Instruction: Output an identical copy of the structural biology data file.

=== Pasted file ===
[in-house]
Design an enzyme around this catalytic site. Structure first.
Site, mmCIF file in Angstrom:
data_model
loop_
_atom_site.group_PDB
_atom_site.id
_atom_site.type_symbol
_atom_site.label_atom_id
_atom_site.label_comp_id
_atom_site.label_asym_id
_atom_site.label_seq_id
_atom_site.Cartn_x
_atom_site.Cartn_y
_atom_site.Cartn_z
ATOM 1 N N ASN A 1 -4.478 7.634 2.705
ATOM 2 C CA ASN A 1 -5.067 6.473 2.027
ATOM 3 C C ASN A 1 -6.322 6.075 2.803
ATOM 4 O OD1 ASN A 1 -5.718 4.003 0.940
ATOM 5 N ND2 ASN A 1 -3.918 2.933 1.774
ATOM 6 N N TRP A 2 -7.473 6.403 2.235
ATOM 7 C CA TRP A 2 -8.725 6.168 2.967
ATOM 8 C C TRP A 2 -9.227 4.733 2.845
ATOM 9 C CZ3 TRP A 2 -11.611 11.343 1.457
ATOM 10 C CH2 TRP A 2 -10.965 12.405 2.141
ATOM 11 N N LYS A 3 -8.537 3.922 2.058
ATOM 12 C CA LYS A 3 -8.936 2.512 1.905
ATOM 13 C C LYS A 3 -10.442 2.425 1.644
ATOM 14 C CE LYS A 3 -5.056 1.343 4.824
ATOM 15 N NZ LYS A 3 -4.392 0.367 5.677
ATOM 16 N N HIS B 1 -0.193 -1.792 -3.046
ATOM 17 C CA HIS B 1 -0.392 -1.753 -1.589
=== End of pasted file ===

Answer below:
[in-house]
Design an enzyme around this catalytic site. Structure first.
Site, mmCIF file in Angstrom:
data_model
loop_
_atom_site.group_PDB
_atom_site.id
_atom_site.type_symbol
_atom_site.label_atom_id
_atom_site.label_comp_id
_atom_site.label_asym_id
_atom_site.label_seq_id
_atom_site.Cartn_x
_atom_site.Cartn_y
_atom_site.Cartn_z
ATOM 1 N N ASN A 1 -4.478 7.634 2.705
ATOM 2 C CA ASN A 1 -5.067 6.473 2.027
ATOM 3 C C ASN A 1 -6.322 6.075 2.803
ATOM 4 O OD1 ASN A 1 -5.718 4.003 0.940
ATOM 5 N ND2 ASN A 1 -3.918 2.933 1.774
ATOM 6 N N TRP A 2 -7.473 6.403 2.235
ATOM 7 C CA TRP A 2 -8.725 6.168 2.967
ATOM 8 C C TRP A 2 -9.227 4.733 2.845
ATOM 9 C CZ3 TRP A 2 -11.611 11.343 1.457
ATOM 10 C CH2 TRP A 2 -10.965 12.405 2.141
ATOM 11 N N LYS A 3 -8.537 3.922 2.058
ATOM 12 C CA LYS A 3 -8.936 2.512 1.905
ATOM 13 C C LYS A 3 -10.442 2.425 1.644
ATOM 14 C CE LYS A 3 -5.056 1.343 4.824
ATOM 15 N NZ LYS A 3 -4.392 0.367 5.677
ATOM 16 N N HIS B 1 -0.193 -1.792 -3.046
ATOM 17 C CA HIS B 1 -0.392 -1.753 -1.589